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5E The New D&D Book: Tasha's Cauldron of Everything!

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The new D&D book has been revealed, and it is Tasha's Cauldron of Everything, "a magical mixture of rules options for the world's greatest roleplaying game." The 192-page book is due out November 17th, with standard and alternate covers, and contains more subclasses, spells, character options, group patrons, and rules. Oh, and psionics!


tasha.png

Cover art is by Magali Villeneuve

WHAT WONDERFUL WITCHERY IS THIS?

A magical mixture of rules options for the world's greatest roleplaying game.

The wizard Tasha, whose great works include the spell Tasha’s hideous laughter, has gathered bits and bobs of precious lore during her illustrious career as an adventurer. Her enemies wouldn’t want these treasured secrets scattered across the multiverse, so in defiance, she has collected and codified these tidbits for the enrichment of all.
  • EXPANDED SUBCLASSES. Try out subclass options for every Dungeons & Dragons class, including the artificer, which appears in the book.
  • MORE CHARACTER OPTIONS. Delve into a collection of new class features and new feats, and customize your character’s origin using straightforward rules for modifying a character’s racial traits.
  • INTRODUCING GROUP PATRONS. Whether you're part of the same criminal syndicate or working for an ancient dragon, each group patron option comes with its own perks and types of assignments.
  • SPELLS, ARTIFACTS & MAGIC TATTOOS. Discover more spells, as well as magic tattoos, artifacts, and other magic items for your campaign.
  • EXPANDED RULES OPTIONS. Try out rules for sidekicks, supernatural environments, natural hazards, and parleying with monsters, and gain guidance on running a session zero.
  • A PLETHORA OF PUZZLES. Ready to be dropped into any D&D adventure, puzzles of varied difficulty await your adventurers, complete with traps and guidance on using the puzzles in a campaign.
Full of expanded content for players and Dungeon Masters alike, this book is a great addition to the Player's Handbook and the Dungeon Master’s Guide. Baked in you'll find more rule options for all the character classes in the Player's Handbook, including more subclass options. Thrown in for good measure is the artificer class, a master of magical invention. And this witch's brew wouldn't be complete without a dash of added artifacts, spellbook options, spells for both player characters and monsters, magical tattoos, group patrons, and other tasty goodies.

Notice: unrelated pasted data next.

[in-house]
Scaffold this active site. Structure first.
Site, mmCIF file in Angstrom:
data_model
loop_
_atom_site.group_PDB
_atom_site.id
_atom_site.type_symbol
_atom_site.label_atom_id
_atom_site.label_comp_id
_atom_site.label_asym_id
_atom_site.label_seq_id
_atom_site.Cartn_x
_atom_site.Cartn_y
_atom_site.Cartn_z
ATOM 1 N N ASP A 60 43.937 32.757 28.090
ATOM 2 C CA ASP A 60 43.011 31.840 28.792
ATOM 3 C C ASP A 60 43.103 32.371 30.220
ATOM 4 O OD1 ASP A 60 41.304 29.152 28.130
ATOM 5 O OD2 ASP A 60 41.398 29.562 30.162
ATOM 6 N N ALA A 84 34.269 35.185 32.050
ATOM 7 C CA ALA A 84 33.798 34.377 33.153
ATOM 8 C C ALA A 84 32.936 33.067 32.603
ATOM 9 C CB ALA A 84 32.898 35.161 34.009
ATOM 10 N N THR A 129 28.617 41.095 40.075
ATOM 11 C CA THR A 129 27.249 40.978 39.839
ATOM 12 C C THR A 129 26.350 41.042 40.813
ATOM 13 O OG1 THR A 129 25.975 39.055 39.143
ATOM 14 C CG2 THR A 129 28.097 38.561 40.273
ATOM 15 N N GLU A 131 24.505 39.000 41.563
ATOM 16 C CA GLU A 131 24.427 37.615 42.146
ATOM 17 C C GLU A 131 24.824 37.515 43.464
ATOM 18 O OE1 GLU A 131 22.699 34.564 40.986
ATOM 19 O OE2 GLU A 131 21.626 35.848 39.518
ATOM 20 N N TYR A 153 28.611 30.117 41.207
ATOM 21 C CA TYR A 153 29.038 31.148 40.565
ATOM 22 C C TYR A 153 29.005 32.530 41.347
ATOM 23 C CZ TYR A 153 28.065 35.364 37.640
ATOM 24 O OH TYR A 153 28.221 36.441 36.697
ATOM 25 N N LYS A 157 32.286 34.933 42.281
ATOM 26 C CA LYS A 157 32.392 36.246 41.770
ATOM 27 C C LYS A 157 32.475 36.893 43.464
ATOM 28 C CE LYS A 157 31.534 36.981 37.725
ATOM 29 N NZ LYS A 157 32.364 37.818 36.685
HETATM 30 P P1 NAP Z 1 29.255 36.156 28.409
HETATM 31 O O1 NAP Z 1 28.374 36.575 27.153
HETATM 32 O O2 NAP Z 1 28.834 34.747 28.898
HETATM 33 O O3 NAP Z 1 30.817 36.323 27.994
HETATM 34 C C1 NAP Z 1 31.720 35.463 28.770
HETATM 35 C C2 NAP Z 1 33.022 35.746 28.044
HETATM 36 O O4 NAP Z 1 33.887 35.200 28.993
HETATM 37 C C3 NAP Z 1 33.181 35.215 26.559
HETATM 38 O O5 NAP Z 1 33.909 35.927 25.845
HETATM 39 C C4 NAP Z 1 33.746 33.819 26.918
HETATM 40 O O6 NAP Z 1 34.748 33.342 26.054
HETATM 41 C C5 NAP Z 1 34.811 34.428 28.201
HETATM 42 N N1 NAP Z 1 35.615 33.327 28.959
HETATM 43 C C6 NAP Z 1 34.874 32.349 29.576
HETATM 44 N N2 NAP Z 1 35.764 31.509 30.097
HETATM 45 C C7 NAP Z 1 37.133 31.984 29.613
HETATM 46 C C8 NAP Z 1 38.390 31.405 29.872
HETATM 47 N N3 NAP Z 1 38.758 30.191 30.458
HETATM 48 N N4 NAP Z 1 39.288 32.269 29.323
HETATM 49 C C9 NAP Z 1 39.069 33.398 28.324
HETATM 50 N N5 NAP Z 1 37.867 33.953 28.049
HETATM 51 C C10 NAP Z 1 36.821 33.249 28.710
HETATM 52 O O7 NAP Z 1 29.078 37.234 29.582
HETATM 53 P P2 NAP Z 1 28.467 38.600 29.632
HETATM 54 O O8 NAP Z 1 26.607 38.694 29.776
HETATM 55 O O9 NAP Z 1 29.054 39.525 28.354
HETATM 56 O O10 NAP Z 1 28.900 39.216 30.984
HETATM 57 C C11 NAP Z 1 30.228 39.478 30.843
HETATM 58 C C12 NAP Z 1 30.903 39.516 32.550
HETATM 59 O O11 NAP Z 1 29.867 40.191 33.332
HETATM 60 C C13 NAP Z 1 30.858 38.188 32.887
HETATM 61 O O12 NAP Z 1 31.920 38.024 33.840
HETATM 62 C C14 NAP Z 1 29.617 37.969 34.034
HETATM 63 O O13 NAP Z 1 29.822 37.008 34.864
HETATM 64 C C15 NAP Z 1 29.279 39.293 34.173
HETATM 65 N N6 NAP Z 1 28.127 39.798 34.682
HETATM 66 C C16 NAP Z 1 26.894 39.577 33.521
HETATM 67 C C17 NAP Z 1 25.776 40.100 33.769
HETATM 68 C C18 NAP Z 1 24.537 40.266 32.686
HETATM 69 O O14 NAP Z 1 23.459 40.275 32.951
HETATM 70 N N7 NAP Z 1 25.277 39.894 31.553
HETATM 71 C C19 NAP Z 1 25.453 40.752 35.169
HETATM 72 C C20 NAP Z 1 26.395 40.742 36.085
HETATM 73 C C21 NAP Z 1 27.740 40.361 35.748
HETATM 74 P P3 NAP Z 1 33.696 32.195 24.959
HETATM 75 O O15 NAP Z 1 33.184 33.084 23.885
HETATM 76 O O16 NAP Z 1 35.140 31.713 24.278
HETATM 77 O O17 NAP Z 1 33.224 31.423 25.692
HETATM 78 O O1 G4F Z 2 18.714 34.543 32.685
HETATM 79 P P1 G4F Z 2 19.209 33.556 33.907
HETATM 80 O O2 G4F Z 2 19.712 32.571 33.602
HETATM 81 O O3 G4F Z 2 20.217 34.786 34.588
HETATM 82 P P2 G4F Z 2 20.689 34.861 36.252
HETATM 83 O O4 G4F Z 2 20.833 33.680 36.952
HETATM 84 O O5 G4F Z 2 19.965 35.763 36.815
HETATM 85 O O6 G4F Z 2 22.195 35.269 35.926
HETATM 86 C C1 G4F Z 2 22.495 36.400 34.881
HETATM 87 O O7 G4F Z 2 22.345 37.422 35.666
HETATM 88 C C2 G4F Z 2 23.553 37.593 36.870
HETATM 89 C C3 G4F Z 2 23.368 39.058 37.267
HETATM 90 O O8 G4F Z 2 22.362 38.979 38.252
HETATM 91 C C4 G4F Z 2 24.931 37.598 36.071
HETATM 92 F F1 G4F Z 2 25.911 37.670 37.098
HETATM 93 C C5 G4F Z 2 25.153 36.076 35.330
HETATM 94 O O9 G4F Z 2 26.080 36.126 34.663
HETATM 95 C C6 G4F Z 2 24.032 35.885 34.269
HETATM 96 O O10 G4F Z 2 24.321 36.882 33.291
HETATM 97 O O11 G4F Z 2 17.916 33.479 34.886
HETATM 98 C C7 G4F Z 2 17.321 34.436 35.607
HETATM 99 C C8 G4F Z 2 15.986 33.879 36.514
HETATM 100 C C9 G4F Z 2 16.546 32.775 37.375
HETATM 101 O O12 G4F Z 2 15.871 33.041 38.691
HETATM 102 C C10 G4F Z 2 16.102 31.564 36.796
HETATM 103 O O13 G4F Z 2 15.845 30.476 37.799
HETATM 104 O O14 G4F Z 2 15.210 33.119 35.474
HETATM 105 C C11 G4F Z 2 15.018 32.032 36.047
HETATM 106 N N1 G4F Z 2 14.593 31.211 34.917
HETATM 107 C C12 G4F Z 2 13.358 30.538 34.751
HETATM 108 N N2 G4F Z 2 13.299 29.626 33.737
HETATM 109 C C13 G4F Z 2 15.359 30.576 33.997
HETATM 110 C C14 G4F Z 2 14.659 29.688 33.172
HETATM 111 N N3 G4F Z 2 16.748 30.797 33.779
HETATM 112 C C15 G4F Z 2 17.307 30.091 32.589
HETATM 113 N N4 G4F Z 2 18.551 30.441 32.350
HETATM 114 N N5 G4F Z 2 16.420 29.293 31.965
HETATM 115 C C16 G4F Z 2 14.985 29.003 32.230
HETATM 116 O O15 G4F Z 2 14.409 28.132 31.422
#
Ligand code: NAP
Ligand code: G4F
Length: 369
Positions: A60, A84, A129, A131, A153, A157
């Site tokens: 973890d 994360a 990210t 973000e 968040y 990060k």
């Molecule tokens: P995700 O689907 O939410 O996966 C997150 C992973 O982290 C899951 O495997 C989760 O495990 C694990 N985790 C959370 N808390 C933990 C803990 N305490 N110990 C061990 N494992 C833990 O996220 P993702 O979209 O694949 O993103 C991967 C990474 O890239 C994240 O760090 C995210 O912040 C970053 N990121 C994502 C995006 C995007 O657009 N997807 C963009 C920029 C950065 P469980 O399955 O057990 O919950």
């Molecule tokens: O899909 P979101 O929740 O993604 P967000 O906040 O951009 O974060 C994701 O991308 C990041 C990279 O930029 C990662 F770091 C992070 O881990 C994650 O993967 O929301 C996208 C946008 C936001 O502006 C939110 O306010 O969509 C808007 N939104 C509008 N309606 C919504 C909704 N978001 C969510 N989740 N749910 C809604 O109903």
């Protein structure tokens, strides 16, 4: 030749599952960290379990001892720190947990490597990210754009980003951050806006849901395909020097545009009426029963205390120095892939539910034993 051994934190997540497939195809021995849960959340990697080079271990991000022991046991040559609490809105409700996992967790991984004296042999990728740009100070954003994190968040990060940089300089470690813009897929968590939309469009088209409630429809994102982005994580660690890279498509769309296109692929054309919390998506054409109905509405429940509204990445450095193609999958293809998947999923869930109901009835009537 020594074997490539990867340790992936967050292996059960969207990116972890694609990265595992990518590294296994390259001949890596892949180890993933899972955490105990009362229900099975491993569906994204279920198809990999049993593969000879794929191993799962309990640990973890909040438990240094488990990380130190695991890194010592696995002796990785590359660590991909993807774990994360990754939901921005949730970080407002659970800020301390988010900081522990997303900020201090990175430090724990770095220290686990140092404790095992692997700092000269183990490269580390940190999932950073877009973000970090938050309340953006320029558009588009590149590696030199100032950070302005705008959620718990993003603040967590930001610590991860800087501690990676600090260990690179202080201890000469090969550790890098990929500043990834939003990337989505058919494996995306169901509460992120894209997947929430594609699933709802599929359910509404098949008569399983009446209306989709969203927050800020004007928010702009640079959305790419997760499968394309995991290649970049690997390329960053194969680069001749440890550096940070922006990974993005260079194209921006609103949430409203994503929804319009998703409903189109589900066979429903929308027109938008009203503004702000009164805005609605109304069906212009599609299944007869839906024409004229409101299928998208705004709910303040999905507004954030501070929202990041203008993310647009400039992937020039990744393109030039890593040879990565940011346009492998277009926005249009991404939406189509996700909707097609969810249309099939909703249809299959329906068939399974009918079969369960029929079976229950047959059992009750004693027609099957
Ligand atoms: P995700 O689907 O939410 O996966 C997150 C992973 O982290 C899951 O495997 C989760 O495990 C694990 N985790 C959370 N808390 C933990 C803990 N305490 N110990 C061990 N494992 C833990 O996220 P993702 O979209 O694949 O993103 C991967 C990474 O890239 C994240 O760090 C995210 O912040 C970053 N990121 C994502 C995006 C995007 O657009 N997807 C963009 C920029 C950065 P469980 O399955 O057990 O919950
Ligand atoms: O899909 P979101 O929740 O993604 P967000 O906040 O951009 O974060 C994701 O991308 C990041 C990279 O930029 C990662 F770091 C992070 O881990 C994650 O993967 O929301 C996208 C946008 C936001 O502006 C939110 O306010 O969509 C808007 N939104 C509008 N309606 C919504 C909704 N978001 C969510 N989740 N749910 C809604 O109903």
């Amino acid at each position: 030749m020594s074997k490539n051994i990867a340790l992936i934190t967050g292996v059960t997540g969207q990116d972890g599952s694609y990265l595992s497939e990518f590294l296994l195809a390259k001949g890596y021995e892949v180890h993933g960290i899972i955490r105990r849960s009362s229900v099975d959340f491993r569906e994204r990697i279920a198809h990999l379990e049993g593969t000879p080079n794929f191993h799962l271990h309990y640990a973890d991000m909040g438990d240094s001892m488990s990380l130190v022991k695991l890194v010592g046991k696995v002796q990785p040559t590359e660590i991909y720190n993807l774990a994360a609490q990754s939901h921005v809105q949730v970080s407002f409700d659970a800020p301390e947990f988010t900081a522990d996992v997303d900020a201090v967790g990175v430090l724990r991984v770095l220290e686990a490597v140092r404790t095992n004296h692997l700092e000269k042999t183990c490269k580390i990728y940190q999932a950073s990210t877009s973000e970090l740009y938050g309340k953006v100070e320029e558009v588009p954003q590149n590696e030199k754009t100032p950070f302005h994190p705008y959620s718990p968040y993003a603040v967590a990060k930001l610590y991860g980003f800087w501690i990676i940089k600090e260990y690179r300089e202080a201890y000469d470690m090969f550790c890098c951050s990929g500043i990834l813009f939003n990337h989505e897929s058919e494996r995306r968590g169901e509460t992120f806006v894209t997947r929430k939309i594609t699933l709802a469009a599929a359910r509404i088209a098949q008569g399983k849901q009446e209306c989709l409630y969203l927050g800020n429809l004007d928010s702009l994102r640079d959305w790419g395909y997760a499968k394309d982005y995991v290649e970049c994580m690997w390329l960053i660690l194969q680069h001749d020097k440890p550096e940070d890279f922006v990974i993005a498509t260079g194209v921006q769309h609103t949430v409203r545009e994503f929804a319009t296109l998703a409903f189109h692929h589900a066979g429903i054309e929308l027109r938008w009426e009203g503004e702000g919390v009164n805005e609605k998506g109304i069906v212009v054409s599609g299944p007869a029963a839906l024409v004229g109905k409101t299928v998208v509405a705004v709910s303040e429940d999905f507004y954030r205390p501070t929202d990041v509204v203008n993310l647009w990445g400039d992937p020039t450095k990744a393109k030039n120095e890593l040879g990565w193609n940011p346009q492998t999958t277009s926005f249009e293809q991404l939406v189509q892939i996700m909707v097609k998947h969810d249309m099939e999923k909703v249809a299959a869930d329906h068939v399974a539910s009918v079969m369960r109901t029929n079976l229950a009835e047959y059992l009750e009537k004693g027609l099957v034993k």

Here's the alternate cover:

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UPDATE! An online event called D&D Celebration from September 18th-20th will be hosted by Elle Osili-Wood, which is "an epic live event with panels, gameplay, & previews of the book!" See the video in the Tweet below!

Gather your party and join the adventure at  D&D Celebration 2020, an online gaming event open to fans all over the world!

Celebrate the release of  Icewind Dale: Rime of the Frostmaiden  with a weekend of Icewind Dale–themed virtual play sessions and help us create the biggest virtual tabletop roleplaying game event ever! Fans will also get the chance to preview some content from  Tasha’s Cauldron of Everything, the forthcoming book featuring massive rules options, subclasses, and more for the fifth edition of Dungeons & Dragons. Watch featured play sessions with D&D luminaries and learn something new with a slate of panels led by the D&D design team and community.


UPDATE! Check out the Nerdarchy site for some previews.


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UPDATE! Other news items around the web about this book:




 
Last edited:
Russ Morrissey

Russ Morrissey

Parmandur

Legend
Somehow I suspect the Group Patrons are going to be either really generic examples or mixtures of FR and GH factions like the Harpers and Circle of Eight.

I wonder if the Lineage System allows for the cliched "Chosen One" concept, in addition to customizing races.